the power of Hofstadter’s principle

Those who know me, know that I am a fan of Hofstadter’s principle, also know as Hofstadter’s law, which states that the task at hand will always take longer than you think, even when you take into account Hofstadter’s principle.

Part of the power of Hofstadter’s principle is its self referential nature.  Part of its power is the way it feeds on itself, and I want to take a moment to reflect on that.  If we were to phrase the principle as saying, the task at hand will always take twice as long as you think, even if you take into account Hofstadter’s principle, then twice becomes four times, four times becomes eight times, and very very soon, every task takes infinite time.

Now, I have projects that seem to be taking infinite time to complete, but that is merely a subjective illusion that comes from how I feel the passage of time.  We as humans have a very poor relationship with infinity, but that’s a story for another time.

But every iteration taking a bit longer than the previous iteration, this is something we can hold in our heads.

One reason I like Hofstadter’s principle is that it can be so easily recast for the situation in which we find ourselves.  The task at hand will always be harder than you think, even when you take into account Hofstadter’s principle.  And the task at hand will always be more complicated than you think, even when you take into Hofstadter’s principle.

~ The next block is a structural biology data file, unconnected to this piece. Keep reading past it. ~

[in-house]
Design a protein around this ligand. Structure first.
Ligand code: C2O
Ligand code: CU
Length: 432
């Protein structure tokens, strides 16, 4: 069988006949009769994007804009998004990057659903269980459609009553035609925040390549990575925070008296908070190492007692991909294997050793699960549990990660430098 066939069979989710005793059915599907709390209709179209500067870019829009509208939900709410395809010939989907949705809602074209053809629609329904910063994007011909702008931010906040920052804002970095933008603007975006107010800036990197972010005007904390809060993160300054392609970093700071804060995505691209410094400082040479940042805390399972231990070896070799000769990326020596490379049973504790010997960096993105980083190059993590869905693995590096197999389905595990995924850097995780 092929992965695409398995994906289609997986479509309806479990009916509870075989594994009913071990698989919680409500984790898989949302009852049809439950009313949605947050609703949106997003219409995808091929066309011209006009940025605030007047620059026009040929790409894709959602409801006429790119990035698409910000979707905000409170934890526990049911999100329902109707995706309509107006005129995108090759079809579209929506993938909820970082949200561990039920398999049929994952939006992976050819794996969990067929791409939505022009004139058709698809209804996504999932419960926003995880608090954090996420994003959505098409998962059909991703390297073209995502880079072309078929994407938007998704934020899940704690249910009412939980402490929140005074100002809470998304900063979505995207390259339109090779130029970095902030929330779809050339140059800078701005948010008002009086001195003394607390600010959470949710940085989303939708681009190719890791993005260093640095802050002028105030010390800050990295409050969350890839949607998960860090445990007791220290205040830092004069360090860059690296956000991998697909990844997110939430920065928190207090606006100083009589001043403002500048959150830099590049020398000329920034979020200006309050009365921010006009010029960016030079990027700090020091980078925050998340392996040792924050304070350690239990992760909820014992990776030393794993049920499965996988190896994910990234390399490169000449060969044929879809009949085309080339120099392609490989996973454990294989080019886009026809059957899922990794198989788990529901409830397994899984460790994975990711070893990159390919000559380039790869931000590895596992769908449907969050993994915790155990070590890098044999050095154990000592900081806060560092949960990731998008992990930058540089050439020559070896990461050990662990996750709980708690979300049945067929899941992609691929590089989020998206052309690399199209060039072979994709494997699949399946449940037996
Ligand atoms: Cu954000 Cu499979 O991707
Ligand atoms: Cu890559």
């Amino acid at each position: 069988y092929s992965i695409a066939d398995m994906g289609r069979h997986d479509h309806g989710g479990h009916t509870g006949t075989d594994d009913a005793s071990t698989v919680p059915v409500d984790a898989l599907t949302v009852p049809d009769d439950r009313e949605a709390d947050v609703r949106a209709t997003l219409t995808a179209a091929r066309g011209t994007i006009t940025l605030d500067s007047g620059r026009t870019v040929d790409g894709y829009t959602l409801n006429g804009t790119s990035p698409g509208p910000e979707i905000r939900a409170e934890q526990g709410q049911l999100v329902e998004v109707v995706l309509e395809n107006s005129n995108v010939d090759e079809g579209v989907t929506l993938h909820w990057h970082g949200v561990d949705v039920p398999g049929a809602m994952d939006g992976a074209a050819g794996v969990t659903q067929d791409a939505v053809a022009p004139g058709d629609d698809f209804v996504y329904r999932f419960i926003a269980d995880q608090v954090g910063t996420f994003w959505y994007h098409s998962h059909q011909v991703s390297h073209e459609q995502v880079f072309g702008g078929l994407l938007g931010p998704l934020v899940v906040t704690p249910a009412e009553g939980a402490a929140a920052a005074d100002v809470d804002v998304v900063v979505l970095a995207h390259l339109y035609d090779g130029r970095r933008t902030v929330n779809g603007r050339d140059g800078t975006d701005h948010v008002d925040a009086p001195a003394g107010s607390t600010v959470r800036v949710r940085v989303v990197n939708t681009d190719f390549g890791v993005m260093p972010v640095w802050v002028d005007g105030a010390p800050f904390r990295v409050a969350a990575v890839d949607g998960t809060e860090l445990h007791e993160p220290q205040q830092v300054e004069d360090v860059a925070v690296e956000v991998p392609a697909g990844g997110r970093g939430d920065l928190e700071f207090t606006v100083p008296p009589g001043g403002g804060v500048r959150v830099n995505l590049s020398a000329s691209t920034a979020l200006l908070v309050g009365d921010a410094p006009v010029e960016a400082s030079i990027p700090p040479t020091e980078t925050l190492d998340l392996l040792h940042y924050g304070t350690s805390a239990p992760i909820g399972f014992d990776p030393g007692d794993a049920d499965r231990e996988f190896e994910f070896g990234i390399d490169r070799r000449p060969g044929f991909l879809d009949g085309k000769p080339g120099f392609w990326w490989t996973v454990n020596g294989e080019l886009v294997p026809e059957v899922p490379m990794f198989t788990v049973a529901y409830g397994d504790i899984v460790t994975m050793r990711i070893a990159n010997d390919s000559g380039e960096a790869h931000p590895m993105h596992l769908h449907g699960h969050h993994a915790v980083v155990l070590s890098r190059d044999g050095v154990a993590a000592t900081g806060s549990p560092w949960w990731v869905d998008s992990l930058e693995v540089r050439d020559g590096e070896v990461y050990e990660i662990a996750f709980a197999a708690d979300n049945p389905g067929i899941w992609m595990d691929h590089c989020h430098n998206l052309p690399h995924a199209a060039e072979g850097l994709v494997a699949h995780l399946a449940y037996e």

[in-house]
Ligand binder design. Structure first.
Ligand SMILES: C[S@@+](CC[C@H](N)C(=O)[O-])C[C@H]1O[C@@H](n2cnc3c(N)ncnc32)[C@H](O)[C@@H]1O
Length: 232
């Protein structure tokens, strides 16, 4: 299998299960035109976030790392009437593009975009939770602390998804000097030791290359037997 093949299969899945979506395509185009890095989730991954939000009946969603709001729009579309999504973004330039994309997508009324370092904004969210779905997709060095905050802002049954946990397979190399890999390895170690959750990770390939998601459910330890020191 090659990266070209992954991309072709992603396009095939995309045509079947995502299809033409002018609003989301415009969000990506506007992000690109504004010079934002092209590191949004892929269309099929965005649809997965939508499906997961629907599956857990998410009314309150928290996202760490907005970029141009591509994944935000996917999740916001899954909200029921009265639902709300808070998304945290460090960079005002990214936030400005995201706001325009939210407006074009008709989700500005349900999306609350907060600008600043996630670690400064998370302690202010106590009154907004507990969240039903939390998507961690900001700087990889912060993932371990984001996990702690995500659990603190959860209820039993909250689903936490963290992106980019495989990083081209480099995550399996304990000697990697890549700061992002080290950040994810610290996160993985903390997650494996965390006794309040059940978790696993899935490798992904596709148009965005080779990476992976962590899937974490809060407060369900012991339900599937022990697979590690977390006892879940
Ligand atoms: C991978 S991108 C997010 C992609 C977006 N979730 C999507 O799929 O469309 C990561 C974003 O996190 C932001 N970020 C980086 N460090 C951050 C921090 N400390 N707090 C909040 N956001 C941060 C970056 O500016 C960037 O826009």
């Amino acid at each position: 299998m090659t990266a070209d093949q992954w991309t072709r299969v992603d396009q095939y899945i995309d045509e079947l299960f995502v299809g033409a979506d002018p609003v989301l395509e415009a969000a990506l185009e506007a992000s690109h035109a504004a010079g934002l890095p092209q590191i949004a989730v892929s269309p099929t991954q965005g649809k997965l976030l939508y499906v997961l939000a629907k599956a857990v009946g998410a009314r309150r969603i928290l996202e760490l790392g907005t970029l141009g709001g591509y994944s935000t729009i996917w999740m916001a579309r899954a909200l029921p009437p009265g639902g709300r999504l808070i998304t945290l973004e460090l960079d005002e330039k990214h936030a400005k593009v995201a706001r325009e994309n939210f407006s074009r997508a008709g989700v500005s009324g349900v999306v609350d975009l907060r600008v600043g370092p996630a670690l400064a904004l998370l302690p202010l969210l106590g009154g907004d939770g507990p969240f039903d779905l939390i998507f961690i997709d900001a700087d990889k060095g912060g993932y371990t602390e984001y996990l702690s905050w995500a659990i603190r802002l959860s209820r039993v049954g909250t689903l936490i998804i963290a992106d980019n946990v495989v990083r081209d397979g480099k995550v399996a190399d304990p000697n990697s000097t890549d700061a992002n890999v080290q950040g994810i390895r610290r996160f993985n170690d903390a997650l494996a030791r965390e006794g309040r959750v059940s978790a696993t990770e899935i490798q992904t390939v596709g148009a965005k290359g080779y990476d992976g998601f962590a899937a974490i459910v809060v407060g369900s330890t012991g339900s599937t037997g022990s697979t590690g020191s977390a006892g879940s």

In this, Hofstadter’s principle is akin to Parkinson’s Law, which (loosely) states that work will expand to fill the available time.  I think the two, Hofstadter’s principle and Parkinson’s law, march hand in hand, and together they have a significant impact on the way in which we work.  The way in which I work.

And so I find myself engaged in constant combat, against the self referential nature of Hofstadter’s principle, and against the expansionist principle of Parkinson’s law.  My daily hope is that awareness of Hofstadter and Parkinson will be part of my toolkit in, if not defeating them, at least moderating their effects.

~ by Jim Anderson on 27 November 2017.

4 Responses to “the power of Hofstadter’s principle”

  1. Ah, also:
    When you are in the middle of a complicated job, an emergency will always occur, which has nothing to do with the job in hand, but needs dealing with immediately.
    I think that might be Sod’s Law!

  2. It’s not so much Hofstadter’s principle that bugs me. It’s the feeling that whatever I am actually doing, there is a nebulous (or sometimes, a specific, but more often a nebulous) Something Else that I *ought* to be doing, that is More Important than whatever it is I am currently doing…

  3. Mmm. Actually, Hofstadter’s principle is approaching a Zeno’s-paradox, isn’t it. You can never get there, because the space between where you are (here) and where you want to be (finished!) is impossible to cross. In fact, Hofstadter says it gets BIGGER…

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